World of Sport is a British television sport programme which ran on ITV between 2 January 1965 and 28 September 1985 in competition with the BBC‘s Grandstand. Like Grandstand, the programme ran for several hours every Saturday afternoon.
Eamonn Andrews was the first host and the programme itself was “compiled for Independent Television” by ABC Weekend Television. From the summer of 1968 it was produced by London Weekend Television – under the ITV Sport banner, with the other ITV stations supplying footage of events in their regions. Thames Television took over LWT’s responsibilities for Bank Holiday editions. Dickie Davies also took over as host in 1968 and would remain the face of the show until it ended in 1985. Other presenters were Fred Dinenage, Steve Rider and Jim Rosenthal.
The programme’s title was originally Wide World of Sports (much like the US programme), this was changed after about six weeks because all the initial programmes featured sports from within the UK and early Programme Editor John Bromley felt that “Wide” World of Sports would have looked rather silly.
The show included popular segments such as On the Ball (a preview of the day’s football action), the ITV Seven (horse racing), and wrestling with commentator Kent Walton. It also showed sports not seen elsewhere, such as women’s hockey, netball, lacrosse, water skiing and stock car racing or sports that were not popular with the British mainstream, such as NASCAR and ice speedway. It featured bizarre sports like the World Barrel Jumping Championships, and even death-defying stunts.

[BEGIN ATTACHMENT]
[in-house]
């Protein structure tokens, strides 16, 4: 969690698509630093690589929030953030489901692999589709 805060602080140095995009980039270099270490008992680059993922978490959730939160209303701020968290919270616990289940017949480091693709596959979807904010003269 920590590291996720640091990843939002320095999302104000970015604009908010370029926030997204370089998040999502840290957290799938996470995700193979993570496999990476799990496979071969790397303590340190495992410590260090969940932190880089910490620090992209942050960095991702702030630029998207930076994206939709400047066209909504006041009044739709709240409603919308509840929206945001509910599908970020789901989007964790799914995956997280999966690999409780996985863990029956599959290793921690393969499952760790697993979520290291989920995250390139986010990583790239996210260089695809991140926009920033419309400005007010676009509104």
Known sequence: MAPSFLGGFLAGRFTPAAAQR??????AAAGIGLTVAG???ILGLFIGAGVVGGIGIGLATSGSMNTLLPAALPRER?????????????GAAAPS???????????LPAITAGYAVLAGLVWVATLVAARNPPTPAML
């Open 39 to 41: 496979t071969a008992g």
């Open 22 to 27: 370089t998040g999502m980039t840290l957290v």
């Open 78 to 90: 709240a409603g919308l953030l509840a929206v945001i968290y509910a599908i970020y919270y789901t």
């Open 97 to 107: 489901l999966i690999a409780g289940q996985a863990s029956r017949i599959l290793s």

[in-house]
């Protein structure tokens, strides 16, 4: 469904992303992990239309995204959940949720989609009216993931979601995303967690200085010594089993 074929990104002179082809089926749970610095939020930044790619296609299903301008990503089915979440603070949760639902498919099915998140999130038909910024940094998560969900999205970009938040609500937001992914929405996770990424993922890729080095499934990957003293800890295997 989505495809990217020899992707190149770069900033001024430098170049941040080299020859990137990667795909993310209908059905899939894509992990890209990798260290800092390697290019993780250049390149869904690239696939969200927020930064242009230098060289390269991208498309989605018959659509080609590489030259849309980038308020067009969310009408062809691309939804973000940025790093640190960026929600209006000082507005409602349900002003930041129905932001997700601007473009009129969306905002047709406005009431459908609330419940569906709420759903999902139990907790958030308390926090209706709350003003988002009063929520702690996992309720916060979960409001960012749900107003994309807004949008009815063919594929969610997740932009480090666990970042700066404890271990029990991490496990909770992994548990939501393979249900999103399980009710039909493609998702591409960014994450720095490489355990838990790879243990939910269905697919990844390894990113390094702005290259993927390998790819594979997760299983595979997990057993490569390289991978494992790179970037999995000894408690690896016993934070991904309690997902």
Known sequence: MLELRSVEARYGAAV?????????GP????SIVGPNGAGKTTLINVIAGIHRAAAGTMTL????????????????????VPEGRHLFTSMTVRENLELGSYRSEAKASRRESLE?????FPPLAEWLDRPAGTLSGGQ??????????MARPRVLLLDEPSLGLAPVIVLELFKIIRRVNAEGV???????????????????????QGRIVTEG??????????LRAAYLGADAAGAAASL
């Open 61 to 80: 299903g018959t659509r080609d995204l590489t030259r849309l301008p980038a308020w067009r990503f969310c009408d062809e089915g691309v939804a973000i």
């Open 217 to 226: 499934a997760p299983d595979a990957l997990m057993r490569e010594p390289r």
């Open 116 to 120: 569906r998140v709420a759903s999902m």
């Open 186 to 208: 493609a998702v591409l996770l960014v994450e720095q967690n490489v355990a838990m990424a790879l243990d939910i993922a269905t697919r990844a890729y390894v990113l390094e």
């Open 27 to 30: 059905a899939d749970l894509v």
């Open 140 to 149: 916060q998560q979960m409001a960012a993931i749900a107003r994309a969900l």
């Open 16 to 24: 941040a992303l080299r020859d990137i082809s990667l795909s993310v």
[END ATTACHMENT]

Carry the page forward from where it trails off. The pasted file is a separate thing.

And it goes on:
It often showed show jumping and other equestrian events, especially in its earlier years, and towards the end of its life it showed snooker extensively. ‘Minority’ sports were a feature throughout its run. The BBC had purchased the rights to as many established events as it could. A joke of the period was that the BBC were going through the list of sports in alphabetical order and had run out of cash before it reached wrestling which is how ITV got it.
Two sports in particular, ten-pin bowling and kart racing, benefited from television exposure to a British public hitherto unaware of them. Whilst the majority of ten-pin bowling shown from 1965 onwards focused on regional league competitions in the UK, a surge in popularity in the sport in the UK in the mid-1970s led to footage from the biennial WTBA World Championship, and telecasts from the US Professional Bowlers Tour, being included increasingly in later years (Mark Roth becoming the first bowler to convert a 7 – 10 split on television on January 5, 1980 at the ARC Alameda Open in Alameda, California, was possibly the best-remembered of the US telecasts shown on the programme). British stock car drivers such as Barry Lee also greatly benefited from the show’s exposure.
The programme also occasionally acquired the rights to genuinely major sporting events, such as the Tour de France and the Ryder Cup. Admittedly this was in 1977 when the United States v Great Britain and Ireland match was regarded as something of a mismatch before Europe became the opposition.
During the football season, the programme would normally finish with the Results Service, which began when the full-time whistles started to go in the day’s football matches. Bob Colston read the classified results and he was the only regular results announcer throughout the duration of World of Sport (although between 1983 and 1985 Elton Welsby began alternating with Colston).